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The Real Reason Norman Lear Killed Off James Evans On Good Times

Family patriarch James Evans (John Amos) is a key cast member on the late Norman Lear's sitcom "Good Times" during its first three seasons. Then, in the Season 4 premiere, the Evans family finds out that James died suddenly in a car accident. His character is killed unceremoniously off-screen, pretty clearly indicating Amos' sudden departure from the "Good Times" cast.

Disagreements between Lear and Amos arose for two principal reasons. On one hand, as Amos details in an interview conducted by the Television Academy Foundation available on its YouTube channel, he felt that the show focused too heavily on a comic relief character named J.J. (Jimmie Walker), to the extent that more serious character arcs suffered as a result.

Furthermore, Amos told an interviewer for the YouTube channel VladTV that his attempts at providing input to the show's all white writer's room eventually ballooned into irreconcilable discord between him and Lear. "I felt like I knew more about what a Black family should be and how a Black father would act than our writers, none of whom were Black," he said. "It reached a point where I wasn't very tactful in my complaints about the script."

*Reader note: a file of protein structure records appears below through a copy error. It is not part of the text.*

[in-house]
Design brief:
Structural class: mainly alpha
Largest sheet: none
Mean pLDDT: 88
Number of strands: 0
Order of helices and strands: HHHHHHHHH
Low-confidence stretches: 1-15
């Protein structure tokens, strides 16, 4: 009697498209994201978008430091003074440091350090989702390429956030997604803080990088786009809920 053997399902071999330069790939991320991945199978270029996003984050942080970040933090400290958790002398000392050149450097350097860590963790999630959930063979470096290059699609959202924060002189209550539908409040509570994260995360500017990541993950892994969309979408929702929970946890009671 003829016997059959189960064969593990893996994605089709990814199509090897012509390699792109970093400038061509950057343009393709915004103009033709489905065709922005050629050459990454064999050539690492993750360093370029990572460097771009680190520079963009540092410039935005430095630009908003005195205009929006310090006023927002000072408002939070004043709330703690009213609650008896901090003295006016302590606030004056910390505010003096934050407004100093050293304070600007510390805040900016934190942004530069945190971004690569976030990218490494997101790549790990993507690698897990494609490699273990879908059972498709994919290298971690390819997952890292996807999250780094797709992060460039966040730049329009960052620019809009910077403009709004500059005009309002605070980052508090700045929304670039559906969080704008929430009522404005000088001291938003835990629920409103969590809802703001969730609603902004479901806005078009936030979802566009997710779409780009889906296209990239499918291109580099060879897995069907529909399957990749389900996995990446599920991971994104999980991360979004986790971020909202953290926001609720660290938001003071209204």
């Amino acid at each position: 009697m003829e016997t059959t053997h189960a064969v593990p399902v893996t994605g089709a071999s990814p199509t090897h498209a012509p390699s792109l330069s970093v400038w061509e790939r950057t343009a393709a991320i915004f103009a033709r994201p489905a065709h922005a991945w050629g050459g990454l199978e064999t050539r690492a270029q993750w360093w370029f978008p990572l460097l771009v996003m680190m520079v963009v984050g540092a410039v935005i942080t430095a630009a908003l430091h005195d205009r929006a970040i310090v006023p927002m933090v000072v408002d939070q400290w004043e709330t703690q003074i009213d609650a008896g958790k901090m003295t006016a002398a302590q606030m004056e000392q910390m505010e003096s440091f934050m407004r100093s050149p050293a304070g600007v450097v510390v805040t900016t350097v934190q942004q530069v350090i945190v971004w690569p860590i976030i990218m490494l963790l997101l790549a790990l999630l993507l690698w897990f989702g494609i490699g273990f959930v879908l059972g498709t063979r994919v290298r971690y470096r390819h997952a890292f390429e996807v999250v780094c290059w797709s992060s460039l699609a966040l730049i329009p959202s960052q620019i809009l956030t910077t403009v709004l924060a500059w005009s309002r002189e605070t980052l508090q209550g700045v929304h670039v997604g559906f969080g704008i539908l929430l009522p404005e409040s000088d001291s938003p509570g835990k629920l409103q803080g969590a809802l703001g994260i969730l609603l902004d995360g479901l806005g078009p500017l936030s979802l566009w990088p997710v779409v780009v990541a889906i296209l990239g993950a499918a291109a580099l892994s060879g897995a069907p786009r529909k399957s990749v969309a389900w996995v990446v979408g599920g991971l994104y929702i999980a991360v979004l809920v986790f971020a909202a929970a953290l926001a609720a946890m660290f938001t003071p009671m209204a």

While Lear allowed him and some of his co-stars to share their own input, what Amos describes as his own brash style of feedback hit a point Lear found excessive. As he recounts, he was let go for acting in a way Lear felt was threatening to the show's writing staff.

Norman Lear and John Amos maintained a working relationship

Norman Lear himself discusses John Amos' "Good Times" exit in his memoir "Even This I Get to Experience," a lengthy excerpt of which The Hollywood Reporter published. "By the end of the third season, John Amos was so glum and dispirited that it seemed impossible to go on, and we decided to write him out of the show," Lear wrote in his own account of the time the two of them stopped seeing eye-to-eye creatively.

Meanwhile, in his VladTV interview, Amos recounted how the unfortunate nature of his "Good Times" departure did not, in fact, ruin his working relationship with Lear. "He realized after a fashion that I was right about some things — I wasn't the most diplomatic guy in terms of expressing my grievances — but he allowed that. And he and I established a relationship," Amos said.

Seemingly as a sort of mutual olive branch, Amos returned to work with Lear on the second edition of "Live in Front of a Studio Audience," which recreates classic episodes of "Good Times" and what is arguably Lear's number one TV show "All in the Family." Amos, in fact, is the only original cast member to appear in this reprisal, albeit portraying a character other than James Evans. So, even if Amos may not have left "Good Times" on altogether good terms, he and Lear maintained respect for one another and even continued to collaborate.